Davide Castradori2


This paper presents the results of a study on nannofossil assemblages in the uppermost Messinian and basal Zanclean sediments recovered from Ocean Drilling Program (ODP) Holes 969B (south of Crete) and 967A (north of the Eratosthenes Seamount) located in the Eastern Mediterranean Sea. Focus of the research is on (1) the micropaleontological signature of the basically nonmarine facies of the uppermost Messinian interval; (2) the correlation of the Messinian/Zanclean boundary outside the Mediterranean by means of nannofossil biostratigraphy; and (3) the mechanism of sapropel formation in the earliest Pliocene. The main results are summarized as follows:

1. The Messinian sediments are characterized by assemblages dominated by diagenetic resistant and long-ranging Neogene species, absence of typical upper Tortonian–Messinian species, high abundance of reworked taxa of Cenozoic and Cretaceous age, and high abundance of gypsum crystals and dolomite. All evidence listed above point to the absence of a primary marine signature in the nannofossil assemblages of the sediments. A noticeable exception, constituted by anomalous abundance of Sphenolithus spp., which suggests a possible (marginal) marine signature, is documented.

2. The recovery of some specimens of Triquetrorhabdulus rugosus and of Ceratolithus acutus overlapping each other in the basal Zanclean suggests that, contrary to what has been reported by most authors, the last appearance datum (LAD) of T. rugosus and the first appearance datum (FAD) of C. acutus do not exactly coincide. This was already reported from the Ceara Rise (ODP Leg 154), where the FAD of C. acutus was found immediately below the cyclostratigraphically correlated position of the Messinian/Zanclean boundary. These closely spaced bioevents can be considered as a valuable tool, in addition to magnetostratigraphy and astrocyclostratigraphy, for the recognition and worldwide traceability of the Messinian/Zanclean boundary.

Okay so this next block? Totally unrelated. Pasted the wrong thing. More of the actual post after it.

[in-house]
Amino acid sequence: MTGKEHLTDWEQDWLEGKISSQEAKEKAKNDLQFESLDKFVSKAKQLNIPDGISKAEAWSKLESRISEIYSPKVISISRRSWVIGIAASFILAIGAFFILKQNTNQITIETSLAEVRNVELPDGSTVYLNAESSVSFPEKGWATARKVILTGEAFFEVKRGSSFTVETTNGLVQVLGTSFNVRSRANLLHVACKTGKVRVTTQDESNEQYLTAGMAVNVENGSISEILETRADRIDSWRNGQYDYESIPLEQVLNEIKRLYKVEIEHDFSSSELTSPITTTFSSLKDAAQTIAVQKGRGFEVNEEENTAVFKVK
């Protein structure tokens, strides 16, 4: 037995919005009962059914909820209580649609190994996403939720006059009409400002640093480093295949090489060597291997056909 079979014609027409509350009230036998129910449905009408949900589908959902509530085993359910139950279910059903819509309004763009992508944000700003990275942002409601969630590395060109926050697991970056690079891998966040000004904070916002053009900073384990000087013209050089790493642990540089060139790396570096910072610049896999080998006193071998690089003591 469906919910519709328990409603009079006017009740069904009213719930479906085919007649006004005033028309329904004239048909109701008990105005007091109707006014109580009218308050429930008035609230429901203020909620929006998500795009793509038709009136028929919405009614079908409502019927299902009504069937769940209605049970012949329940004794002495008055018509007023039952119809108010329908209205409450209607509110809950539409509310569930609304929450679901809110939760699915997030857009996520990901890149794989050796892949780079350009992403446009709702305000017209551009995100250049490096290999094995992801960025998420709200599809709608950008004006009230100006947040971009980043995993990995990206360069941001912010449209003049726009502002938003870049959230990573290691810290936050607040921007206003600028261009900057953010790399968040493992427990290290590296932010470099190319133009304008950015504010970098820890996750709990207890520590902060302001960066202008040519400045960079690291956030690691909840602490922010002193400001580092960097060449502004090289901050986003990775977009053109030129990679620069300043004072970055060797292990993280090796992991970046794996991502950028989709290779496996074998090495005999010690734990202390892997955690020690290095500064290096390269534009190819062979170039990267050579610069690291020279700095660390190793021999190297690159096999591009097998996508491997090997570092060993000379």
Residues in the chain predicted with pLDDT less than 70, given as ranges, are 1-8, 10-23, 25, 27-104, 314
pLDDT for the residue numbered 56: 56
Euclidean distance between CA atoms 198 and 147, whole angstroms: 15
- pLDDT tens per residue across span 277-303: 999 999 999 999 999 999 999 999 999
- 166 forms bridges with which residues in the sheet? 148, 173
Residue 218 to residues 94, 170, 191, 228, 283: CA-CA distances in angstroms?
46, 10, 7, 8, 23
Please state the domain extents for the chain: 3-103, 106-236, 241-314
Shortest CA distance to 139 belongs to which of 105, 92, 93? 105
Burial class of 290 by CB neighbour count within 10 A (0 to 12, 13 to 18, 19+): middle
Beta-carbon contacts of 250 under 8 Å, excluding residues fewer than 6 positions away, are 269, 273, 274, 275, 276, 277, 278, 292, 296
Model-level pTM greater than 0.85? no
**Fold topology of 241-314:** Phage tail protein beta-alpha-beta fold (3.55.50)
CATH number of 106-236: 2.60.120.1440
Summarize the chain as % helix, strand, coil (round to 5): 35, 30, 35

3. Based on a model by Molfino and McIntyre, fluctuation in abundance of Florisphaera profunda, a peculiar nannoplankton species living in the lower part of the photic zone, is interpreted to represent nutrient availability within different levels of the photic zone. Thus, positive peaks of F. profunda were connected by the author to the presence of a deep chlorophyll maximum (DCM) at times of sapropel formation, a concept previously introduced by Rohling and Gieskes for the mid-Pleistocene to Holocene time interval.

Abundance peaks of Florisphaera profunda are recorded in all five sapropel layers recovered in the basal Zanclean of ODP Hole 969B. Therefore, the DCM model may be tentatively applied also to the earliest Pliocene and probably to the whole sapropel sequence of the Mediterranean area, since the late Miocene.

The recovery of abundance peaks of Discoaster pentaradiatus in most sapropels (together with the decreased abundance of Coccolithus pelagicus in some of them), suggests that these sapropels probably correlate with the marls (and not the limestones) of the rhythmically bedded sedimentary sequences of the land sections in Sicily and Calabria (southern Italy), thus confirming previous assumptions by De Visser, Hilgen, and others.

1Robertson, A.H.F., Emeis, K.-C., Richter, C., and Camerlenghi, A. (Eds.), 1998. Proc. ODP, Sci. Results, 160: College Station, TX (Ocean Drilling Program).
2AGIP S.p.A., Laboratori Bolgiano, via Maritano 26, 20097 San Donato Milanese, Italy. davide.castradori@agip.it